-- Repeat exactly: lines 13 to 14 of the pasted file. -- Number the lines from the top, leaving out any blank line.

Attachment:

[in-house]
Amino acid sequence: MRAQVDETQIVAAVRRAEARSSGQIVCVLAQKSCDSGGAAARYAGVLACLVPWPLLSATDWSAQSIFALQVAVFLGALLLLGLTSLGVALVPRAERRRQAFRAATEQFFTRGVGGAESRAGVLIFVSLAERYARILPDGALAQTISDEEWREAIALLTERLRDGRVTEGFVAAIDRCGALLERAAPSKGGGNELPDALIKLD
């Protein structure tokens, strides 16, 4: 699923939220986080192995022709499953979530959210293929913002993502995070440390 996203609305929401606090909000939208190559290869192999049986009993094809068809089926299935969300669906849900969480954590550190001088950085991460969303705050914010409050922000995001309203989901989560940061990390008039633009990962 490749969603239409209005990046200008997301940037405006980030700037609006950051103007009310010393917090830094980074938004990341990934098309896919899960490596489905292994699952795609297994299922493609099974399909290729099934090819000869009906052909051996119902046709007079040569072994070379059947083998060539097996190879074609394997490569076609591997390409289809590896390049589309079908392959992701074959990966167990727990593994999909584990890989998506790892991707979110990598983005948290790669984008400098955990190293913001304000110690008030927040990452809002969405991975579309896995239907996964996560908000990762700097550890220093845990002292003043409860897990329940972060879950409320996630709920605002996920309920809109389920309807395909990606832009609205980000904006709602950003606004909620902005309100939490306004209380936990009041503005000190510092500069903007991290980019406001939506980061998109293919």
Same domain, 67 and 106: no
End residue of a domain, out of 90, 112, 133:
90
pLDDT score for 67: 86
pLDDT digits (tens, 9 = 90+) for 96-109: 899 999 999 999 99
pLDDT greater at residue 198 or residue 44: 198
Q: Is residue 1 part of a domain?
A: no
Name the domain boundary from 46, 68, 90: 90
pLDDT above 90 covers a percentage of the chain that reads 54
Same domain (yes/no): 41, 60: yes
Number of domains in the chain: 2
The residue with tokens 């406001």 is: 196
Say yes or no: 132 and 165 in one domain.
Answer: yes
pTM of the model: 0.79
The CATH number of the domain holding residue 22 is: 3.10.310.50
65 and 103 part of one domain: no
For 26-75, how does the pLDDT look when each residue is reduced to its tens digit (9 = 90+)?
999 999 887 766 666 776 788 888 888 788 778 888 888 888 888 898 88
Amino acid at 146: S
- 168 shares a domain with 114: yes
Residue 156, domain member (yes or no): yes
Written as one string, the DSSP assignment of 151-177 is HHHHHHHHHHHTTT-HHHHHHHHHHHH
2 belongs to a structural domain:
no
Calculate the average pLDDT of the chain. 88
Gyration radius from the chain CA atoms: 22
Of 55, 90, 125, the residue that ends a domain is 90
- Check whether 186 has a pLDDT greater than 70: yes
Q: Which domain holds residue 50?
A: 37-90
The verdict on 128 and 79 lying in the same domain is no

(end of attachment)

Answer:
pLDDT above 90 covers a percentage of the chain that reads 54
Same domain (yes/no): 41, 60: yes